Students are well aware of the effect of the deflection of sports balls when they have been given a spin. A volleyball, tennis, or table tennis ball served with topspin results in an additional downward force that makes the ball difficult to catch and return. In soccer, the effect of sidespin causes the ball to curve unexpectedly sideways, resulting in a so-called banana kick that can confuse the goalkeeper. These surprising effects attract students’ attention such that the motion of sports balls can be used to capture the interest of students towards the physics behind it. However, to study and analyze the motion of a real ball kicked in a playfield is not an easy task. Instead of the large-scale full-size sports ball motion, there can be designed and studied simpler experiments that can be carried out in the classroom. Moreover, digital technologies that are available at schools enable students to collect data from the experiment easily in a reasonable time. The mathematical model based on the analysis of forces acting on the ball flying in the air can be used to simulate the motion in order to understand the basic physical principles of the motion so that the best correspondence may be found.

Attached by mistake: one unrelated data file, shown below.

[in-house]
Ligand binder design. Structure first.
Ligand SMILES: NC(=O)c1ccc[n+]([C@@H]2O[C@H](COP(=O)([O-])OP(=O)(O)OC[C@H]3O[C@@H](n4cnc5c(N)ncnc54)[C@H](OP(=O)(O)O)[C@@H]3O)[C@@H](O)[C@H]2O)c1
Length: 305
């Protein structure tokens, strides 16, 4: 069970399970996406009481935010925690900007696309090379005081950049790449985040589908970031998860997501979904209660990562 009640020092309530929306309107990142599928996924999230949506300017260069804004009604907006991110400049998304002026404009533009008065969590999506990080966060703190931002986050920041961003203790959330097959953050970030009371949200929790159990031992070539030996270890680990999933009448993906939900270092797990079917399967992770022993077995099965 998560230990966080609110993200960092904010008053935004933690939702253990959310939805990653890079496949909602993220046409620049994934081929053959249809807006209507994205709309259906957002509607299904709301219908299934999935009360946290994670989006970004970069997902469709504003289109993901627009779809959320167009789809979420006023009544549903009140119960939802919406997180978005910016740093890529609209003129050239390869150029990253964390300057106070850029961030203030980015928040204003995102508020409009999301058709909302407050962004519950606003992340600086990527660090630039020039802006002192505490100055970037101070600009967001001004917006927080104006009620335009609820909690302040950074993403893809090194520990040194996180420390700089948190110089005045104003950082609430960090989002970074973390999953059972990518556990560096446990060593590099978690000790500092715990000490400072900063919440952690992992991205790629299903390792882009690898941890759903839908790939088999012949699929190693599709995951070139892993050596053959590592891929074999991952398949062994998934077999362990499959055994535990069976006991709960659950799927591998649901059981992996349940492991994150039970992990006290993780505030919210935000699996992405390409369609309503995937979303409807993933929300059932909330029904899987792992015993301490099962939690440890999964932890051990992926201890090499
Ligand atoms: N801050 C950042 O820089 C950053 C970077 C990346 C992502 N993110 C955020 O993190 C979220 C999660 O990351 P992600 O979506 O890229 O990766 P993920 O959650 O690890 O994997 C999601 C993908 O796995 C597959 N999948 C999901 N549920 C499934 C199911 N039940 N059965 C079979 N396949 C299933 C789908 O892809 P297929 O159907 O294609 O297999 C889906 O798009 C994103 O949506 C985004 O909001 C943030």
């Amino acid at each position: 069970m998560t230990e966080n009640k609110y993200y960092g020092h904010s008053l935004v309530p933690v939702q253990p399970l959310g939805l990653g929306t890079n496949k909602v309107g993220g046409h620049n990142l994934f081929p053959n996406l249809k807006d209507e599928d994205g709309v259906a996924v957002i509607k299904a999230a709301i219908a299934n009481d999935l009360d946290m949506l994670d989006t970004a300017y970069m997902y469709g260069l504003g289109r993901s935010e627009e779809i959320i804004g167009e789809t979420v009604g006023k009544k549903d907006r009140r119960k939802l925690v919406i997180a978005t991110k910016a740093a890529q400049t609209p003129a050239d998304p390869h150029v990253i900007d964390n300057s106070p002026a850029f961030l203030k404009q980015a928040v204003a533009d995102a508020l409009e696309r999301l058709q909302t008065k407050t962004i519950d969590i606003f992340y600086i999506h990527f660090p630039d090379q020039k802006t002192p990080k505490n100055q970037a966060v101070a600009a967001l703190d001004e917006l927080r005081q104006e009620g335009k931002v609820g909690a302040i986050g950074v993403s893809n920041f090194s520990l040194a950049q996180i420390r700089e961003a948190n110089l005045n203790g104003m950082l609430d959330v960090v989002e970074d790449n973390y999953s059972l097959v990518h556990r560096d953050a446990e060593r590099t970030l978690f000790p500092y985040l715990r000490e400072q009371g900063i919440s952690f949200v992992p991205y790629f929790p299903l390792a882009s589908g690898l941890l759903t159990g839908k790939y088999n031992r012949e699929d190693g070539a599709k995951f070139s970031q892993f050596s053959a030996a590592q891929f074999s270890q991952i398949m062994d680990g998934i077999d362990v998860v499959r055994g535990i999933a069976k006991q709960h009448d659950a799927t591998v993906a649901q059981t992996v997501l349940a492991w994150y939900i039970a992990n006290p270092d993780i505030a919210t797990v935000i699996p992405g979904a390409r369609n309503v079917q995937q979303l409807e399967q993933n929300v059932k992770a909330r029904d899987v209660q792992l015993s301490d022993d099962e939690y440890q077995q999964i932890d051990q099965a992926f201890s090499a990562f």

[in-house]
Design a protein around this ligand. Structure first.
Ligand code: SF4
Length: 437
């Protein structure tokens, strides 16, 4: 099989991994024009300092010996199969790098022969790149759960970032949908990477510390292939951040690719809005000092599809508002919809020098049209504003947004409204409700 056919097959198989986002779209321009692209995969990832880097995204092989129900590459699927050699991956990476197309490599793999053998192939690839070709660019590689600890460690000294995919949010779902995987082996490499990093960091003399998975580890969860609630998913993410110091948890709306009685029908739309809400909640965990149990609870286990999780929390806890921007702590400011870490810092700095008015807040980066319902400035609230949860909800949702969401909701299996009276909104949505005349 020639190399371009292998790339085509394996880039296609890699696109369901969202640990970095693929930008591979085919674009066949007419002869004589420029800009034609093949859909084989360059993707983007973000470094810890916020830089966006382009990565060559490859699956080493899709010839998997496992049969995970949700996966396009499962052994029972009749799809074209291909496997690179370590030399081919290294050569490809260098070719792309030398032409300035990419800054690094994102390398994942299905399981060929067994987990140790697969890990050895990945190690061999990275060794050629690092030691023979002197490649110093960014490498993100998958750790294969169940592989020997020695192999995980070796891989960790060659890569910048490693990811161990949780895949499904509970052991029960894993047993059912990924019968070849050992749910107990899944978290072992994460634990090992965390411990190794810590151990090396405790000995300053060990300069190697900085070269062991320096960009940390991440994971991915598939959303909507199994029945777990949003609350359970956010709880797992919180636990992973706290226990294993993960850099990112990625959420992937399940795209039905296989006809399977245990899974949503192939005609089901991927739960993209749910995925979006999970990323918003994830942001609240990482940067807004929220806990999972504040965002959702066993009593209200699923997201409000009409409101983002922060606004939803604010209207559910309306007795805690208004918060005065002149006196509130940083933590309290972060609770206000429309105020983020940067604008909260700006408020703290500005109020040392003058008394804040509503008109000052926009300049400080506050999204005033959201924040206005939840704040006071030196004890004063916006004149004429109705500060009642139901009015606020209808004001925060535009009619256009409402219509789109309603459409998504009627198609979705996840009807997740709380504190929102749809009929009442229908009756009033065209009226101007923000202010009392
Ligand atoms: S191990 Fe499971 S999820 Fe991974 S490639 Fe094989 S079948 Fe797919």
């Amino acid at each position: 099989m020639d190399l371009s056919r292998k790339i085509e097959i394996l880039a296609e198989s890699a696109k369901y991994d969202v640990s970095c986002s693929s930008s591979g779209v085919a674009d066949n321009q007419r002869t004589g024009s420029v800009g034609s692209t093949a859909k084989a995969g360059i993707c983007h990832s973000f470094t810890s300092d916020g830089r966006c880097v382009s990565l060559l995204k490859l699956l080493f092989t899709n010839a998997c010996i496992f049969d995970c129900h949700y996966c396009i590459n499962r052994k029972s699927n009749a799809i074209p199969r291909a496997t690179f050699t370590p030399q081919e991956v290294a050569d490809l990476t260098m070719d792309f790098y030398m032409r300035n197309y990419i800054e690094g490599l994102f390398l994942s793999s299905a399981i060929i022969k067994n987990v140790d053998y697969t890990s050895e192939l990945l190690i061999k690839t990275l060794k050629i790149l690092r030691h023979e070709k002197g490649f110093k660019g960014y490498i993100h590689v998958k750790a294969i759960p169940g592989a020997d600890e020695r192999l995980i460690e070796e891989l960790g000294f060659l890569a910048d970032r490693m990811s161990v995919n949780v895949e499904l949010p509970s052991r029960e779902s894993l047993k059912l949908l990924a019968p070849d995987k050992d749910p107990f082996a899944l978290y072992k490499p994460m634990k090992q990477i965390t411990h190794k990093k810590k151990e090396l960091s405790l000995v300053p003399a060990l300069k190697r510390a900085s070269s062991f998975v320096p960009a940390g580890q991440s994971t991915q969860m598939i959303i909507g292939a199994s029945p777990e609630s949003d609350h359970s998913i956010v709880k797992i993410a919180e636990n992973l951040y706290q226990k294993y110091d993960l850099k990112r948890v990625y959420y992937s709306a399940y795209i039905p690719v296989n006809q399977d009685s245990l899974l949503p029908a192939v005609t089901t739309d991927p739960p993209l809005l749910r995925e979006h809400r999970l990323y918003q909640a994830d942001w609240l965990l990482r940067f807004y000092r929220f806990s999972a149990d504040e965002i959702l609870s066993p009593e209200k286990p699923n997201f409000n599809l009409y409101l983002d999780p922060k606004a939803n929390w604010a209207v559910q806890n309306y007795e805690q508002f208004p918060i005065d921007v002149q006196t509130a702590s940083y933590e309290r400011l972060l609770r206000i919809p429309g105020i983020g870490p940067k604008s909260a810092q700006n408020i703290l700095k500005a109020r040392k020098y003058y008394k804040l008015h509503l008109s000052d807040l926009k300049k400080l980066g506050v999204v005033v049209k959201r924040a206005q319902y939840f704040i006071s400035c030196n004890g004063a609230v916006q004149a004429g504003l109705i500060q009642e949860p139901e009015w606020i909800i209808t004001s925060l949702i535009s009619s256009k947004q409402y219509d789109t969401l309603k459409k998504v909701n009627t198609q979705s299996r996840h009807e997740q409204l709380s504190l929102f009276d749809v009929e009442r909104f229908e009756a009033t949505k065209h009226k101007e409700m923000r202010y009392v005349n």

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PAPERS| February 01 2017
How Magnus Bends the Flying Ball – Experimenting and Modeling
Phys. Teach. 55, 112–114 (2017)
V. Timková, Z. Ješková; How Magnus Bends the Flying Ball – Experimenting and Modeling. Phys. Teach. 1 February 2017; 55 (2): 112–114. https://doi.org/10.1119/1.4974126
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